Thriving Through Menopause

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The Pure TheraPro Team

The Pure TheraPro Education Team is comprised of researchers from diverse backgrounds including nutrition, functional medicine, fitness, supplement formulation & food science. All articles have been reviewed for content, accuracy, and compliance by a holistic integrative nutritionist certified by an accredited institution.
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Menopause, a pivotal stage in a woman's life, marks the end of the reproductive journey. Menopause typically graces women between 45 and 55, with 51 being the average age of onset of the cessation of their menstrual cycles. Hormonal changes, particularly the decline in estrogen and progesterone levels, usher in this phase, often and unfortunately accompanied by unwelcome symptoms such as hot flashes, mood swings, and headaches.

Menopause's timing can vary due to genetics and lifestyle choices like alcohol intake, smoking, and even how much sleep you get each night. Grasping its stages and age span is crucial to understanding its impact on women’s health.


Menopause unfolds in stages:

  1. Perimenopause: This prologue to menopause, beginning several years prior, brings hormonal fluctuations, irregular periods, and familiar foes like hot flashes and mood swings.
  2. Menopause: Officially declared after 12 consecutive months without any periods, it accompanies a significant drop in estrogen production.
  3. Postmenopause: Symptoms of perimenopause often wane, but estrogen's absence continues its bone-weakening legacy.

Unveiling the Connection between menopause and osteoporosis

Estrogen, the guardian of bone density, plays a pivotal role in maintaining robust bones by aiding Calcium absorption. However, as menopause leads to an estrogen plunge, bone loss accelerates, leaving postmenopausal women susceptible to osteopenia & osteoporosis.

Osteoporosis, often referred to as the "silent disease," stealthily erodes bone strength, rendering them brittle and prone to fractures, particularly in the hip, spine, and wrist. It's not merely about pain; it can profoundly impact mobility and overall quality of life.

Globally, osteoporosis affects around 200 million women, causing over 8.9 million fractures annually—equivalent to an osteoporotic fracture occurring every three seconds. Given women's heightened susceptibility, especially as they age, the impact on their health cannot be underestimated.

Osteoporosis wreaks havoc on the skeletal structure, weakening bones, especially in weight-bearing areas like the hip and spine, ultimately leading to immobility and posture changes, often resulting in height loss and a diminished quality of life.

Osteoporosis, often described as "porous bones," renders them fragile. It operates silently, striking without warning until a fracture occurs. Bone density, a crucial marker, depends on nutrients such as Collagen, Calcium and Phosphorus in bone tissue. Maintaining optimal density is vital for bone strength.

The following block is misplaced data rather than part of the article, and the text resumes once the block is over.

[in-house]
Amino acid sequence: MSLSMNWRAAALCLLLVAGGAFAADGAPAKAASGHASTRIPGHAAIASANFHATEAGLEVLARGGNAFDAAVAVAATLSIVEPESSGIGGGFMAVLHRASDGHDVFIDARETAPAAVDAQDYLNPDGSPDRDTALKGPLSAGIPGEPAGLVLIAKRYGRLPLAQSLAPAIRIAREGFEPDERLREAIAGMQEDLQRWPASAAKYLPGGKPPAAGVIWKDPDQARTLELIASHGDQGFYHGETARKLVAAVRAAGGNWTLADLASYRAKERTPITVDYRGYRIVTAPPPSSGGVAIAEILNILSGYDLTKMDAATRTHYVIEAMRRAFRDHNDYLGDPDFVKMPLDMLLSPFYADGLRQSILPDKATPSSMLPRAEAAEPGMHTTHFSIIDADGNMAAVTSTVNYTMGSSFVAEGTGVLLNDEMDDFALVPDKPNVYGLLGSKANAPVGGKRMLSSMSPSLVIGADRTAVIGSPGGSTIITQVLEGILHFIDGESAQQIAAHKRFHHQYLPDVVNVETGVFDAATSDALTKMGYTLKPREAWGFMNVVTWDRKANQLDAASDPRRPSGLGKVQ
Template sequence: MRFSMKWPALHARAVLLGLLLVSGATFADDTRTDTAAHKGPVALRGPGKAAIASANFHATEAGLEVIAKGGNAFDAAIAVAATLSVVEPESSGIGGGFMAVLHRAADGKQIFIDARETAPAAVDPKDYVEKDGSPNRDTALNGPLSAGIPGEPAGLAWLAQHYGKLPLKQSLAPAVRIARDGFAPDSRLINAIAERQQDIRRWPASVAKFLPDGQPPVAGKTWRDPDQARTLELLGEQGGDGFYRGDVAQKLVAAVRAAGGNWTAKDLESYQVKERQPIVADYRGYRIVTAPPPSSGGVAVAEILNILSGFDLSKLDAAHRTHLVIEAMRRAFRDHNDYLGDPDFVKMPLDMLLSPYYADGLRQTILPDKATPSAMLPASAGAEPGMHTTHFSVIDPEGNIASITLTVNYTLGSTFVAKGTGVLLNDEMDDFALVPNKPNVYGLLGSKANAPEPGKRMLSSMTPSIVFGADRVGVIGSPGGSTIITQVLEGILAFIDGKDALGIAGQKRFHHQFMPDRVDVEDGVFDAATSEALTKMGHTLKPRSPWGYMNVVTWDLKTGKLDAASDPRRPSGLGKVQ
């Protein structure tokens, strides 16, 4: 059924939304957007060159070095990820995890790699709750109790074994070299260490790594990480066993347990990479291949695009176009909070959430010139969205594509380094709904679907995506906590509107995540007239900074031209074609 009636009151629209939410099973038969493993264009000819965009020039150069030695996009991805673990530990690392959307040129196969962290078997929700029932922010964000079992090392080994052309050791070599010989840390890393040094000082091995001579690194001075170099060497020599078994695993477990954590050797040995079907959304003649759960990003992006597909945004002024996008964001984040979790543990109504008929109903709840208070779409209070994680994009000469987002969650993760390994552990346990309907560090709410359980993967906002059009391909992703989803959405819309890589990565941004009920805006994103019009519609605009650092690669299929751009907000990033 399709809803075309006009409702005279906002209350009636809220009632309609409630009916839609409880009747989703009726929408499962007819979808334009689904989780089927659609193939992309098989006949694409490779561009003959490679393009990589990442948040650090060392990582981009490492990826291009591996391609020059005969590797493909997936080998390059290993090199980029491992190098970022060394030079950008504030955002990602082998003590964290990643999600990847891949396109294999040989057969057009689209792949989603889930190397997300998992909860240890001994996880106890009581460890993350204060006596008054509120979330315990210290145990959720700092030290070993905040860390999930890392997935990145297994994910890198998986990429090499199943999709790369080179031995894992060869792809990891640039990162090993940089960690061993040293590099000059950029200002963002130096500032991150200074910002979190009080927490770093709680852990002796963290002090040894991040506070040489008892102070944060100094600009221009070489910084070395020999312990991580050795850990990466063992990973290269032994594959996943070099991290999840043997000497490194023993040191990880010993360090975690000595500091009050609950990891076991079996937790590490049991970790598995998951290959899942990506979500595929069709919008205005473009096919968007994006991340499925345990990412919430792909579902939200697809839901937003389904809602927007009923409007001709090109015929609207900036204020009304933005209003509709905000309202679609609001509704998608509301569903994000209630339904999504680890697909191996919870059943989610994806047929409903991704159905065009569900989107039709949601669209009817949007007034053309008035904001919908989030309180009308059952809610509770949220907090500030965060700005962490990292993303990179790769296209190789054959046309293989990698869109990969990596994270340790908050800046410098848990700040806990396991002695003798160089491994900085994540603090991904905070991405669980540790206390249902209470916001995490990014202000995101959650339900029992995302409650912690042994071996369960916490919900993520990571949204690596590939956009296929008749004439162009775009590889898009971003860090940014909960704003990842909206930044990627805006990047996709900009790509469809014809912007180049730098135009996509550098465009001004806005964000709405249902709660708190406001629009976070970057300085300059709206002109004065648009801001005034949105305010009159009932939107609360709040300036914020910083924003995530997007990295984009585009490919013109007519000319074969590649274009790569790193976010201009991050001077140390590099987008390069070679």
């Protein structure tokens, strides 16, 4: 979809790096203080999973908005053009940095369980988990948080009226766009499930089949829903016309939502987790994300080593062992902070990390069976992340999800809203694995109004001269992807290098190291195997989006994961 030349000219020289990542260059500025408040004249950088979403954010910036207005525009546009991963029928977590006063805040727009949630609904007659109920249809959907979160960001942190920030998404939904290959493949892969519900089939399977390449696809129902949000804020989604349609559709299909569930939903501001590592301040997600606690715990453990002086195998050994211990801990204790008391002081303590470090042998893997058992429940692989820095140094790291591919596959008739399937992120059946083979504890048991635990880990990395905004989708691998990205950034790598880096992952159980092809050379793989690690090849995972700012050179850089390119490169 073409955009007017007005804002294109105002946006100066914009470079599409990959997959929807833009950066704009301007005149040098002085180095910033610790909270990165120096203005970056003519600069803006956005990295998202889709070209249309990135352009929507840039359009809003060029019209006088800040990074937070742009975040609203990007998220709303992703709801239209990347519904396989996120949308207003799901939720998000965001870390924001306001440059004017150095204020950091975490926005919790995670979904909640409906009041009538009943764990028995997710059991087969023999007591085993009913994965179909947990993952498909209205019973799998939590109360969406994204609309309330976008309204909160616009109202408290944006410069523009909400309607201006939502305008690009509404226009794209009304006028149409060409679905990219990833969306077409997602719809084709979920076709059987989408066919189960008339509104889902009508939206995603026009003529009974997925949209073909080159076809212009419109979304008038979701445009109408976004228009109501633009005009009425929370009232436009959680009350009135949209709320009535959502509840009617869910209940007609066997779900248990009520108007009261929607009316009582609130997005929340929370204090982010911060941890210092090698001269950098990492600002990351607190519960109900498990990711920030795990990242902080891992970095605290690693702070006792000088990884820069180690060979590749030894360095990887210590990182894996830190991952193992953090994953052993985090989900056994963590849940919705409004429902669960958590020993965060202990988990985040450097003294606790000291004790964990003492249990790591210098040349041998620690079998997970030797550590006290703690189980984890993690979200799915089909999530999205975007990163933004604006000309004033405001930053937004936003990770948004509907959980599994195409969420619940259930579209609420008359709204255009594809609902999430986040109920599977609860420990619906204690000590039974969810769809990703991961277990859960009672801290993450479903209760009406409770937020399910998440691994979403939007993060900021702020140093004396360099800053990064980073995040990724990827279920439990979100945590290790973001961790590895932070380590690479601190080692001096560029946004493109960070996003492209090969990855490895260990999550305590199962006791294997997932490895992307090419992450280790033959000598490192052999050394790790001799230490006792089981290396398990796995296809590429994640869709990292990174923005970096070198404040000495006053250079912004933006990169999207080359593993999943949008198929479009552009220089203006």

As menopause sets in, hormonal shifts become apparent, with a significant decrease in estrogen production. This shift, synonymous with menopause, weakens the protective shield around bone density. Bone loss, especially in the early postmenopausal years, significantly heightens the risk of developing osteoporosis.

Symptoms of menopause and osteoporosis often intertwine:

  • Hot Flashes: Indicative of both menopause and early osteoporosis.
  • Mood Swings: Often exacerbated by concerns about osteoporosis and fractures.
  • Menstrual Changes: Reflect hormonal shifts that impact bone health.

Other diseases related to Menopause

Heart disease: During menopause, hormonal changes, particularly the decrease in estrogen levels, can lead to unfavorable changes in cholesterol levels and blood vessel function. These changes contribute to the increased risk of heart disease. According to the American Heart Association, after menopause, women's risk of heart disease increases significantly, and by age 65, their risk is equal to that of men.

Breast Cancer: The risk of breast cancer increases with age, and some studies suggest that hormonal changes during menopause may also play a role. Breast cancer is the most common cancer among women in the U.S. The average risk of a woman in the U.S. developing breast cancer is about 13%. Estrogen and progesterone levels fall during menopause, but factors like family history, genetics, and lifestyle can affect the risk.
Early breast cancer may not have noticeable symptoms. However, women should be vigilant for changes in the breast, such as lumps, breast pain, changes in breast size or shape, nipple discharge (other than breast milk), or skin changes on the breast.

Vaginal Health Issues: Menopause often leads to vaginal dryness, atrophy, and discomfort, which can affect sexual health and quality of life. Vaginal health issues are common during and after menopause, affecting a significant portion of women in this stage of life. Menopause leads to a significant drop in estrogen levels, which affects the vaginal and urinary tissues. This hormonal shift can result in thinning of vaginal walls, and reduced elasticity. Symptoms of vaginal health issues during menopause may include vaginal dryness, itching, burning, pain during sexual intercourse (dyspareunia), and an increased susceptibility to urinary tract infections.